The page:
Hooked Up: September 2014

Hooked Up: September 2014
Well that was a quick summer! The bay waters will soon be cooling off from all the hot lower units buzzing around the bay. I can certainly understand everyone's desire to be out there but, man does it ever get crowded during summer. School, football and hunting season will reduce fishing activity so if you are looking for some less-crowded conditions, September will be the month for you.

Speaking of hunting; dove season is just around the corner and this is like waiting for Christmas when I was a young kid. Seven buddies and I were able to get some early shooting in this year. Nothing illegal–we made the "bucket list" trip to Argentina. It was nothing short of amazing and I highly recommend it for any wingshooter. I have already started saving up for the next one.

Overall I would say fishing has been above average this summer. July and August found us catching some big egg-laden females of eight-pound size on an almost daily basis. All were released healthy and still out there for the next guy to catch. Most of the big catches have come from very skinny water. In fact, in a few cases, their backs have been out of the water. Seeing a big trout before she notices you will make you shake like the worst buck fever you ever had. I think I would hang up my rods if I ever lost that feeling.

Tides have been SUPER low. Many of the flats have little to no water and the fish have retreated to transition zones with more depth. In many cases they've gone much deeper. This is especially true of black drum and redfish. I have been running across some very large schools of drum that include a few reds. The redfish schools are still around but harder to find, the burn boaters keep them nervous and running for their lives up in the skinny stuff. As long as this practice continues, the harder our redfishing will become. My guess is they'll change their habits from shallow water to 5- to 6-foot depths where we'll have to drift for them.

With tides low and likely to remain this way I am starting skinny and staying there until the sun gets well overhead. The mullet will let you know when it is time to move from skinny to shallow. They start retreating from the flats and the game fish go right along with them. At this point the trout has usually slowed down. If trout is your game, I would advise a slower presentation, just off bottom. Reason being–you can catch a trout that has already fed if you go low and slow with a Bass Assassin right in their face. Gorged or not, they are not going to pass up an easy meal.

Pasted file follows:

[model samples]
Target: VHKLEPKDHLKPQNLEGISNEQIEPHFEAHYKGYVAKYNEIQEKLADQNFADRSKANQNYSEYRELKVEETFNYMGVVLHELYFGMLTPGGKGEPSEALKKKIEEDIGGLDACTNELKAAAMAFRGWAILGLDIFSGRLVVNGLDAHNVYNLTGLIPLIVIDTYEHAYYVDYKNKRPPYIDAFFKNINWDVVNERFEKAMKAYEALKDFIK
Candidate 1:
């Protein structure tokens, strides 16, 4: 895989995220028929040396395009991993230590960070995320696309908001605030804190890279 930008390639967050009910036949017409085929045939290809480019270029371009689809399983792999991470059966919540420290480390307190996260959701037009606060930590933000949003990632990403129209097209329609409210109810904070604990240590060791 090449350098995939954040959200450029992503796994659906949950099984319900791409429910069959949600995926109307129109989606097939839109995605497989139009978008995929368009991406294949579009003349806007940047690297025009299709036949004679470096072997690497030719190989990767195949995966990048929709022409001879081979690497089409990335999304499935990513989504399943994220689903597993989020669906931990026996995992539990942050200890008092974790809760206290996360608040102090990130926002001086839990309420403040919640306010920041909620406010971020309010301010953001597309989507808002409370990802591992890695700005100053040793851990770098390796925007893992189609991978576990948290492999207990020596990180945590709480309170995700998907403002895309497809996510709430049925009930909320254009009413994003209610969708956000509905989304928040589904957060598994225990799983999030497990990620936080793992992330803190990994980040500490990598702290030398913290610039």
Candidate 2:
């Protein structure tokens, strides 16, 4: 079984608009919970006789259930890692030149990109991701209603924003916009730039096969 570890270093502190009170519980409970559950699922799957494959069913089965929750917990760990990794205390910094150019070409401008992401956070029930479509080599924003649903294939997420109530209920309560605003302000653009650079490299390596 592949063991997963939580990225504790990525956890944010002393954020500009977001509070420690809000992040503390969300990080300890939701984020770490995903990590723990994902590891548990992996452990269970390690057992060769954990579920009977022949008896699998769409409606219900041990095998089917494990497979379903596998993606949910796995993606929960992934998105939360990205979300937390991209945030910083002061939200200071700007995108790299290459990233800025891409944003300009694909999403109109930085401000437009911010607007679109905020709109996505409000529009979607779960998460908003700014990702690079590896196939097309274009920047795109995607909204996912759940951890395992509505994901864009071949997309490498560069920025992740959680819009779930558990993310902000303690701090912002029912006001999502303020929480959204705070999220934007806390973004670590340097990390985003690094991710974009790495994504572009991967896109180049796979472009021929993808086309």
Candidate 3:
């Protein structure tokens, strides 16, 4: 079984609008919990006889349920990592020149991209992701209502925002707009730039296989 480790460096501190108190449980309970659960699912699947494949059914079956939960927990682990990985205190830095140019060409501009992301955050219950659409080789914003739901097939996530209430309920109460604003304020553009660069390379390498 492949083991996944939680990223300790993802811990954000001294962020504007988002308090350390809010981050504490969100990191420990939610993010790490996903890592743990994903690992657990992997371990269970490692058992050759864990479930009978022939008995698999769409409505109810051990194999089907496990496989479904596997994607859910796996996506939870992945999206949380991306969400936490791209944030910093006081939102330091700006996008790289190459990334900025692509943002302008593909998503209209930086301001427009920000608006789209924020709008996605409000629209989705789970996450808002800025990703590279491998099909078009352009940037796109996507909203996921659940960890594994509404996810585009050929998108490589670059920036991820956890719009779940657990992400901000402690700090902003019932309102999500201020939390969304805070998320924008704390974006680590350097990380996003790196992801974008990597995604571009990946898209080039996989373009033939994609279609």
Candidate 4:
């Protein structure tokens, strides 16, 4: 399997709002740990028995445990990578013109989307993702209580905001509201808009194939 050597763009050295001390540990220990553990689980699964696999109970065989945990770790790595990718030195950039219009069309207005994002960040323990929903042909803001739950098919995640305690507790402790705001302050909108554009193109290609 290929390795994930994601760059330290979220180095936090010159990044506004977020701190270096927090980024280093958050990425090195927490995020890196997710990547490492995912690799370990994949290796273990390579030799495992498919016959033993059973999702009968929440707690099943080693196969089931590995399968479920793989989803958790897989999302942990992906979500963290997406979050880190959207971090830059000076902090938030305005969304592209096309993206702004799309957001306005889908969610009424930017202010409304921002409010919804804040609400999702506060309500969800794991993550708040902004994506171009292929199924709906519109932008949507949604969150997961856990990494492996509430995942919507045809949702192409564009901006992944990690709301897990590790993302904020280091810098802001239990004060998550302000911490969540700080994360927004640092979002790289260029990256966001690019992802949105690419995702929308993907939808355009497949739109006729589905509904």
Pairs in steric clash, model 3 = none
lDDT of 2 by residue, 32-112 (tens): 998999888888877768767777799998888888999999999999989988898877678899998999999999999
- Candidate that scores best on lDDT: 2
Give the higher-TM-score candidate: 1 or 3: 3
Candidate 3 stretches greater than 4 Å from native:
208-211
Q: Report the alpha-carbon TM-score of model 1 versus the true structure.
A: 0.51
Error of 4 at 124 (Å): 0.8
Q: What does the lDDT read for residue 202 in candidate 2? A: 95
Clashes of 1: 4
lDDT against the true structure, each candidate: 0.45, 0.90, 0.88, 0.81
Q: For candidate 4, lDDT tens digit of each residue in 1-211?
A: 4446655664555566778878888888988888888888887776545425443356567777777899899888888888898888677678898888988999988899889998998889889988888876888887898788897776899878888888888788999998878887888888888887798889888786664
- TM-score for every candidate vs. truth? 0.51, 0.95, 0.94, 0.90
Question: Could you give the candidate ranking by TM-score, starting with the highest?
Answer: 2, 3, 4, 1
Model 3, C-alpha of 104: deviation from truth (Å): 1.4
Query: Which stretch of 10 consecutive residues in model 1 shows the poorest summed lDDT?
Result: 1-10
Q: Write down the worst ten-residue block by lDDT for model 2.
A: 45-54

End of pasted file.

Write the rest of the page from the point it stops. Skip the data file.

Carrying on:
Main areas of focus for catching in these conditions will be the north shoreline of Baffin from Cat Head to East Kleberg Point. The south shoreline is equally productive from Penascal Point to Black Bluff. We have also been hitting Rocky Slough during these low tides and having some great trips, especially at midday. It's rare down here, but we have spotted a few tarpon to add to the fun, so don't be surprised if you see the silver king roll in front of you.

Closing out the summer and with CCA STAR coming to an end, I have a tale to relate. I was fishing brothers Trent and Kirk Childress and Mark Richner. It was a half-day trout trip as they had to be headed for Georgetown by noon. We'd landed plenty of trout and with an hour left to fish I asked if they'd like to try for some reds. Everybody agreed and headed for the school I'd found the day before.

We fanned out and I started catching right off the bat. I called them over and backed out of the way so they could enjoy. Everyone hooked up pretty quick and stayed that way until it was time to go. As they approached the boat I noticed one of their reds had an orange tag in its back. I pointed it out and the crowd went nuts.

They had signed up for the STAR the night before and Mark Richner was the lucky man who got to claim the prize of a new Ford truck, Haynie boat, and trailer. That was a first for my boat, and I do not think any of us will ever forget it.

Remember the buffalo! -Capt. David Rowsey